Wednesday, March 5, 2008

NOLA: Workday 2

Power tools are pretty amazing. I'm just gonna put that out there. I feel silly when I hammer because I'm not very good at it--I'm too timid to whack the thing for fear of smashing a finger and my arms have never been one of my strong points in spite of lifting weights for months--but power tools I can do. I was actually surprised at how easy they are to use. The only problem is that when you saw something to pieces you had better make sure you've made proper measurements because you can't put pieces of wood back together with a glue stick or excessive cursing either. But apart from the no-margin-for-error-factor there's something really cool about using power tools. Maybe this is just my feminist GRRRRL factor creeping in on me.

The work is tedious, slow, and heavy, but you know what? I love, absolutely love, physical labor. This is what first attracted me to goat farming. I used to work in a coffee shop. And that's nice. Quaint, you know? But when the heaviest labor you do is carrying around large bags of coffee beans you get sort of physically inept unless you have a gym membership, which I don't have unless I'm at school and can use the gym. My first day working on the goat farm was a lot of lifting--five gallon buckets of milk (which, I think weighs five pounds a gallon), bales of hay, buckets of goat feed, shovels full of goat shit...lots and lots of lifting. I got sweaty, dusty, smelly, and achy, but it was the best work I had ever experienced. I felt like I was actually doing something useful and productive (because, let's face it, do we really need vanilla lattes and skim triple chocolate mint mochas with extra whip and cinnamon?), and more importantly, something that made food taste better, my bed more comfortable, and life generally better. The satisfaction I derived from my first batch of goat cheddar was almost absurd.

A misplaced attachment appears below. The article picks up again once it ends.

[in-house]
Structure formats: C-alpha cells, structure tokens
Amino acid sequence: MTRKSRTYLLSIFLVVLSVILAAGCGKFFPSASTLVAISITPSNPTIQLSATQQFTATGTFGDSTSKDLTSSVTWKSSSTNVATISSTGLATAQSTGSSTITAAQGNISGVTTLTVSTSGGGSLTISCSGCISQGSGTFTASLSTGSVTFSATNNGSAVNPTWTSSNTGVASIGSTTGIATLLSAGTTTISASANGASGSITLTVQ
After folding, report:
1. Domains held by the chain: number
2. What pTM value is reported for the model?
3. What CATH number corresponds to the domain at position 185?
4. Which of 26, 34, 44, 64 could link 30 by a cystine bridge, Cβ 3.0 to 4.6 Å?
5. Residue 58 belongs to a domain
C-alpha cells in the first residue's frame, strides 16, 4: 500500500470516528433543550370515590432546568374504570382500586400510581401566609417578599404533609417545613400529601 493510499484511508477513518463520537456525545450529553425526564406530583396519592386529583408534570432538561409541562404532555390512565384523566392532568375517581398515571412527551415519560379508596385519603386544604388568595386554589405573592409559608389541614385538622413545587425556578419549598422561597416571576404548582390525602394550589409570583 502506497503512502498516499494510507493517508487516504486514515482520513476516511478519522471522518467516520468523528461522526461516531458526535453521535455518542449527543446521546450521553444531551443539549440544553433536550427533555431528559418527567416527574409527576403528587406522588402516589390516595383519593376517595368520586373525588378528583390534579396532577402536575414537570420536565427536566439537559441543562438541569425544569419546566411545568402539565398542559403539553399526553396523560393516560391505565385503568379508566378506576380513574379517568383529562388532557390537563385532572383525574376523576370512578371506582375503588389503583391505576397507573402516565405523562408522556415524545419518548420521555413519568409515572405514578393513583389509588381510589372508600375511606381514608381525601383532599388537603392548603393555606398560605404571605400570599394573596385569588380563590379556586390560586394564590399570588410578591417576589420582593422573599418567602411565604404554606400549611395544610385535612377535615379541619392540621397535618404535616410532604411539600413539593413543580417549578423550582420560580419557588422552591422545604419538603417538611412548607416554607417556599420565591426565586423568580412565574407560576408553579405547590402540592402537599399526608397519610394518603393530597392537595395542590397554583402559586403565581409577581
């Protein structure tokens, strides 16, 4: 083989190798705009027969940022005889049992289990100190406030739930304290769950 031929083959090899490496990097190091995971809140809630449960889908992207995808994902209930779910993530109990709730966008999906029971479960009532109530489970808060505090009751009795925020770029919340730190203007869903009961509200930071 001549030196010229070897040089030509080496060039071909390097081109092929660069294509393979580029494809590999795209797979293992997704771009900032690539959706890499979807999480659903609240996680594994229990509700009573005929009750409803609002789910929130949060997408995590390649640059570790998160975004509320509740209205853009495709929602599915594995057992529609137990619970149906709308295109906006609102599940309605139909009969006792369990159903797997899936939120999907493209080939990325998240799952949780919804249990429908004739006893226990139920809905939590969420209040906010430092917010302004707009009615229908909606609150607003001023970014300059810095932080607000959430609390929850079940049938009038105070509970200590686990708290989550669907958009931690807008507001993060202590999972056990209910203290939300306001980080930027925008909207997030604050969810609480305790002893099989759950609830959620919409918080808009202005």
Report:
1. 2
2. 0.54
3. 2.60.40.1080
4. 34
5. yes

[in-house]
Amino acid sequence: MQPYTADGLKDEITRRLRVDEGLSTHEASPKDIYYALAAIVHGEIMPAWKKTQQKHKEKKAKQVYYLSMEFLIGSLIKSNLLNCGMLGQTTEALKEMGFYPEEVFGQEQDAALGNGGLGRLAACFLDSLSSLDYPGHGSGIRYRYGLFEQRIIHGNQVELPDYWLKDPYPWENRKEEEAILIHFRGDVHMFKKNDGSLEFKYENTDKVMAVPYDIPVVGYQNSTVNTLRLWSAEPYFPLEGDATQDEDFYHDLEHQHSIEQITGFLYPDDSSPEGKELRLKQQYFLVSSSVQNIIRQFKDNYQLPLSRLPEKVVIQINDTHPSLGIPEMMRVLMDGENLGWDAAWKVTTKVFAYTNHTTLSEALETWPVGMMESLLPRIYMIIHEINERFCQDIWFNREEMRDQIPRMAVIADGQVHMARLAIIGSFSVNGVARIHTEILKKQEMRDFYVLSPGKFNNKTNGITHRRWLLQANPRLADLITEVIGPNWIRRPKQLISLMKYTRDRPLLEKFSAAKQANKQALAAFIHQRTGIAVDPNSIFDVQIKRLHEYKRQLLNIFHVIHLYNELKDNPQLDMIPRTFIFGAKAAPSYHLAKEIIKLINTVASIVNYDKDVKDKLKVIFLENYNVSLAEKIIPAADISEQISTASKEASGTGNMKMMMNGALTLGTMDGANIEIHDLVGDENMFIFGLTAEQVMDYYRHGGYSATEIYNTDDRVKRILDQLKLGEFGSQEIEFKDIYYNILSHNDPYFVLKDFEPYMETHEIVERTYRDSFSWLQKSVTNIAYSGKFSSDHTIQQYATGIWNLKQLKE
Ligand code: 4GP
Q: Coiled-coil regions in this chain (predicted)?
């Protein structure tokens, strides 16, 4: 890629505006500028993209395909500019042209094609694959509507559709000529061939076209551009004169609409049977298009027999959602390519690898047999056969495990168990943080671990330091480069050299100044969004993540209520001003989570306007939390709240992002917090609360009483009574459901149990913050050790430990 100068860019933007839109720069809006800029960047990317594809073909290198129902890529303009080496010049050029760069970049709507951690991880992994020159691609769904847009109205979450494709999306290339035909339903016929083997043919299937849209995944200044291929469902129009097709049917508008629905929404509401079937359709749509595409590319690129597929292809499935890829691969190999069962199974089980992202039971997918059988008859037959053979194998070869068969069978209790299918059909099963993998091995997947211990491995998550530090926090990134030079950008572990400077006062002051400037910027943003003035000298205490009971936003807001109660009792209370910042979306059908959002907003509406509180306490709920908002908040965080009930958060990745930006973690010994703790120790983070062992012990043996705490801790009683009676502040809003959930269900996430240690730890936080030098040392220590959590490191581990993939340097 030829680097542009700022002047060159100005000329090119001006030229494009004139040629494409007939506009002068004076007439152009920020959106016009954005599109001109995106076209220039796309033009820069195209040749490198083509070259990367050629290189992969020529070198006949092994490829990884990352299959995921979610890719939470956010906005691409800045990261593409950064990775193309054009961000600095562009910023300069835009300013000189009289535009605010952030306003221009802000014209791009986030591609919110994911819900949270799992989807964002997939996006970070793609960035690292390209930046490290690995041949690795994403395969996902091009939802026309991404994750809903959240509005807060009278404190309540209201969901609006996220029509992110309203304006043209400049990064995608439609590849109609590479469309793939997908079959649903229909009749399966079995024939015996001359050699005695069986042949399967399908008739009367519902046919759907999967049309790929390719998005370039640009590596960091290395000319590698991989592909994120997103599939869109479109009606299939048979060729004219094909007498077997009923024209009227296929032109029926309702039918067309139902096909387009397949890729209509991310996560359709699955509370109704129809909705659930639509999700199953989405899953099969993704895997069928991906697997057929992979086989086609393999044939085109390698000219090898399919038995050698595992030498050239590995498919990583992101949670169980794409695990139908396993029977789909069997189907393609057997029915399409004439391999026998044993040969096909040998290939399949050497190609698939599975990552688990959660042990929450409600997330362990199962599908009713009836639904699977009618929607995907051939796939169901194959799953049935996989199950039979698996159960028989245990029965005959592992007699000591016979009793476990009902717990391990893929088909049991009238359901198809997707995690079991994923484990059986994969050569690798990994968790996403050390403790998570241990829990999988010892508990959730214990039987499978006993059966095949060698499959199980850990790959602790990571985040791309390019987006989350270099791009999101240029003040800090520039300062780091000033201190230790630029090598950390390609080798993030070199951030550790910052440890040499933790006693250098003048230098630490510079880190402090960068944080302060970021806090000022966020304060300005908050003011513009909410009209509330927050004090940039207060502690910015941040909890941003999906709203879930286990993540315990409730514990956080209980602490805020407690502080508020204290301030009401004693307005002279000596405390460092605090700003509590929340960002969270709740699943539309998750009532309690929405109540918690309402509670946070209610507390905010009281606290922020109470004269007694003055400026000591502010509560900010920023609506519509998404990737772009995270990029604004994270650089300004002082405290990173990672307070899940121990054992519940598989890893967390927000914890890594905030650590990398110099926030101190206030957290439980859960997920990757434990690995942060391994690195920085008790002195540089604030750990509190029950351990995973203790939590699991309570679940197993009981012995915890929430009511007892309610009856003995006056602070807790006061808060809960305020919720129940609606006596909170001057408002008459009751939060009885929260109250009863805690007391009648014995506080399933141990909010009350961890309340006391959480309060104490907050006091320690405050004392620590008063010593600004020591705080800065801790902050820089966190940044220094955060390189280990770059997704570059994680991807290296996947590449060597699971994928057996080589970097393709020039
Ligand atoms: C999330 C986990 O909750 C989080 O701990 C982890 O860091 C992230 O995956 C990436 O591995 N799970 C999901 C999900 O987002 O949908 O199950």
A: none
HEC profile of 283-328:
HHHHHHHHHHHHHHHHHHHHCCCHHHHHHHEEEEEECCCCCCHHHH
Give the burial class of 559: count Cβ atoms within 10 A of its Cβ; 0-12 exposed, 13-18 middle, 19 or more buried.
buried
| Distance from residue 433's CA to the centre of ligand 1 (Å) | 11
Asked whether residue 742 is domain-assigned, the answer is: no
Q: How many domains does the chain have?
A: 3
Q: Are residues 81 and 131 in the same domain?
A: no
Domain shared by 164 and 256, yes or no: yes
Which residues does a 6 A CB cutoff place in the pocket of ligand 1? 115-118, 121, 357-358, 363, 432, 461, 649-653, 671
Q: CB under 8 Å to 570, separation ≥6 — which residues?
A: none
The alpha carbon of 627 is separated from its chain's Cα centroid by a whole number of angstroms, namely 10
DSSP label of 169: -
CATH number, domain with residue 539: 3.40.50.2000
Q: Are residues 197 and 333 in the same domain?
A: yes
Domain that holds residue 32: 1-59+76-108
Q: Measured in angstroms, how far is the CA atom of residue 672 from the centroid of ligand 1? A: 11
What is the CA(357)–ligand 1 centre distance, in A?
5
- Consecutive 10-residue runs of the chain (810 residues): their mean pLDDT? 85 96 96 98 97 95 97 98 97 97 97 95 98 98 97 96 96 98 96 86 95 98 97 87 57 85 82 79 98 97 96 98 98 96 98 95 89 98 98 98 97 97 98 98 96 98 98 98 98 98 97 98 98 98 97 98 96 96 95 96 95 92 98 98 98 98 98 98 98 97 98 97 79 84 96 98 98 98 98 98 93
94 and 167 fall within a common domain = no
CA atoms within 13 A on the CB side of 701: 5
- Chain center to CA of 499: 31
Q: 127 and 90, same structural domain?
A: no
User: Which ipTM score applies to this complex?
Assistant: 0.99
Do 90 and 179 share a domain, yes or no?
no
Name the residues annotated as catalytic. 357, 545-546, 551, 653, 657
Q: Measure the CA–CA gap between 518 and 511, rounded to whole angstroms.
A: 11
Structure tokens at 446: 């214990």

That is the same sort of satisfaction I am getting from building this house. I look up and see particle board that I measure, sawed, and nailed up on the side of a house. My legs, arms, and muscles ache. I fall asleep before 10 p.m. and don't wake up once. I feel truly hungry when I eat dinner. It's marvelous. And even better, I am helping someone. I am helping to fix what has been broken, neglected. It makes me happy to be doing this for my spring break instead of lounging around. I must be honest and say that I enjoy it because it feels good physically, but that isn't the only thing I'm getting out of this. I honestly care about people, and I am disappointed that community is often less important than individual concerns. This is something I can do for my (national) community that will strengthen it. Because I have been given so much in my life, I feel I owe my community my time and strength. It is not too much to ask. In fact, I don't feel enough has been asked of me. But I will give until I have nothing more to give.

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